IDEAS home Printed from
   My bibliography  Save this paper

Labour Market Networks, Underclasses and Inequality


  • Lisa Finneran
  • Morgan Kelly


About half of all vacancies are filled through networks of personal contact. We consider the implications of such labour market networks for inequality. Our central result is that referral networks display threshold behaviour. Above a critical density of referals, qualified workers at all levels of the network are recruited with probability one. Below the threshold, workers low in the hierachy are hired with probability zero: an underclass emerges. Although there is no discrimination, workers with the same distribution of ability at different layers of the network have very different average incomes, reflecting differences of social capital in the form of labour market contacts.
(This abstract was borrowed from another version of this item.)

Suggested Citation

  • Lisa Finneran & Morgan Kelly, 1996. "Labour Market Networks, Underclasses and Inequality," Working Papers 96/21, University College Dublin, Economics Department.
  • Handle: RePEc:wop:cdecwp:9621

    Download full text from publisher

    File URL:
    Download Restriction: no

    Other versions of this item:


    Citations are extracted by the CitEc Project, subscribe to its RSS feed for this item.

    Cited by:

    1. Brian Krauth, 2000. "Social Interactions, Thresholds, and Unemployment in Neighborhoods," Discussion Papers dp00-12, Department of Economics, Simon Fraser University, revised 28 Mar 2000.

    More about this item

    JEL classification:

    • D63 - Microeconomics - - Welfare Economics - - - Equity, Justice, Inequality, and Other Normative Criteria and Measurement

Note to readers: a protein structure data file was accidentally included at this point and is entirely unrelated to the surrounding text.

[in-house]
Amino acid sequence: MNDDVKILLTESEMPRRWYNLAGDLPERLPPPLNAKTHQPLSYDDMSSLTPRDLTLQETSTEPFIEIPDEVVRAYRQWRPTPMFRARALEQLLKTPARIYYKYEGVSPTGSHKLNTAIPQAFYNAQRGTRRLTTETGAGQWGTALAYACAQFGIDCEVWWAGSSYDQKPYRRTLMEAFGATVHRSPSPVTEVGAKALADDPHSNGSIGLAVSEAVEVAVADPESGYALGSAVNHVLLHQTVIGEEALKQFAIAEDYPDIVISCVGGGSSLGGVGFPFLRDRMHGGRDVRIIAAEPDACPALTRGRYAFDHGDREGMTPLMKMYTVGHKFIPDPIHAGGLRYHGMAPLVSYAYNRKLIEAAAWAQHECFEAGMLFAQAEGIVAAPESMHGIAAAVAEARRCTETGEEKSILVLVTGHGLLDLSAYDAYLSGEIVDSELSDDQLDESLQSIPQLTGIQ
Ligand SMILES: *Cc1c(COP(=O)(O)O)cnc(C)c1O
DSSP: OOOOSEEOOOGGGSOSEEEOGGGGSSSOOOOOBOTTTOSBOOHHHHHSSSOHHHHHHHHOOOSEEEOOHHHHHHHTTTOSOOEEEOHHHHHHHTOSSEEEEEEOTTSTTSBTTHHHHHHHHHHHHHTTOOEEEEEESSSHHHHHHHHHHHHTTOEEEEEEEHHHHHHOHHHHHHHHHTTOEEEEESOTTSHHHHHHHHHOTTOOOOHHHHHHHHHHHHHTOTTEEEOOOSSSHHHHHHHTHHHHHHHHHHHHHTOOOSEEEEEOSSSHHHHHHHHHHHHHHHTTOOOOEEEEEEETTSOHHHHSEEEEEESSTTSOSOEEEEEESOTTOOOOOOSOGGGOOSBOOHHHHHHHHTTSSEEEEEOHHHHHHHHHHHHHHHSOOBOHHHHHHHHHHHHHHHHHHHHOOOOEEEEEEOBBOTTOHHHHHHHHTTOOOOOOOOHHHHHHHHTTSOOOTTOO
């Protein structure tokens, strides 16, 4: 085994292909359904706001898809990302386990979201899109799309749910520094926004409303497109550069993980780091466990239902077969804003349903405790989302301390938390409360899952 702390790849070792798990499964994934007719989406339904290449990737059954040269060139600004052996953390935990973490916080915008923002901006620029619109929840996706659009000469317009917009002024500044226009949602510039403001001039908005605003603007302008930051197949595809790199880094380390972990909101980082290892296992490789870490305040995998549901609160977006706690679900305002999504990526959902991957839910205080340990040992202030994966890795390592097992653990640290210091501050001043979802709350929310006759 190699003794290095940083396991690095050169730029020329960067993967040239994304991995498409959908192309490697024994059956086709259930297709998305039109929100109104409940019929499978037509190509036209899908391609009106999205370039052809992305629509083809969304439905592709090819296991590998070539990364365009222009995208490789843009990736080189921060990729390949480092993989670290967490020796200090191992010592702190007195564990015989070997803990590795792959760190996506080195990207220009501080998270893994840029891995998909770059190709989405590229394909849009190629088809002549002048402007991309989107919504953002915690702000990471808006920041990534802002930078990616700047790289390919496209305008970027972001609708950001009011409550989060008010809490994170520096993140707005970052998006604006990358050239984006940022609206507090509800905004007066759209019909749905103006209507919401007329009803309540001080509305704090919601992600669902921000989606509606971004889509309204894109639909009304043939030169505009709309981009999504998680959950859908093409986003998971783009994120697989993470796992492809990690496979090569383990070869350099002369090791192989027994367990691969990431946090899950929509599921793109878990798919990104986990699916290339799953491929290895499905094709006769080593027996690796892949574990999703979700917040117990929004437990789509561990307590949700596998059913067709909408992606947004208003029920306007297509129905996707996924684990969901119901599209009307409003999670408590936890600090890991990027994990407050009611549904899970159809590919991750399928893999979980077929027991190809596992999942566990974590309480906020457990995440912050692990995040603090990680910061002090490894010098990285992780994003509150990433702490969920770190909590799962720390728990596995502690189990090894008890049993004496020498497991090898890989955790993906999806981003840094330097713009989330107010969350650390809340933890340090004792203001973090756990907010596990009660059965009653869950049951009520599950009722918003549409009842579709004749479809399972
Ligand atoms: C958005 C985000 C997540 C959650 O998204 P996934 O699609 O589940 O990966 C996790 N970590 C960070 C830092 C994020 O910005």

• D62 - Microeconomics - - Welfare Economics - - - Externalities


    Access and download statistics


    All material on this site has been provided by the respective publishers and authors. You can help correct errors and omissions. When requesting a correction, please mention this item's handle: RePEc:wop:cdecwp:9621. See general information about how to correct material in RePEc.

    For technical questions regarding this item, or to correct its authors, title, abstract, bibliographic or download information, contact: (Thomas Krichel). General contact details of provider: .

    If you have authored this item and are not yet registered with RePEc, we encourage you to do it here. This allows to link your profile to this item. It also allows you to accept potential citations to this item that we are uncertain about.

    We have no references for this item. You can help adding them by using this form .

    If you know of missing items citing this one, you can help us creating those links by adding the relevant references in the same way as above, for each refering item. If you are a registered author of this item, you may also want to check the "citations" tab in your RePEc Author Service profile, as there may be some citations waiting for confirmation.

    Please note that corrections may take a couple of weeks to filter through the various RePEc services.

    IDEAS is a RePEc service hosted by the Research Division of the Federal Reserve Bank of St. Louis . RePEc uses bibliographic data supplied by the respective publishers.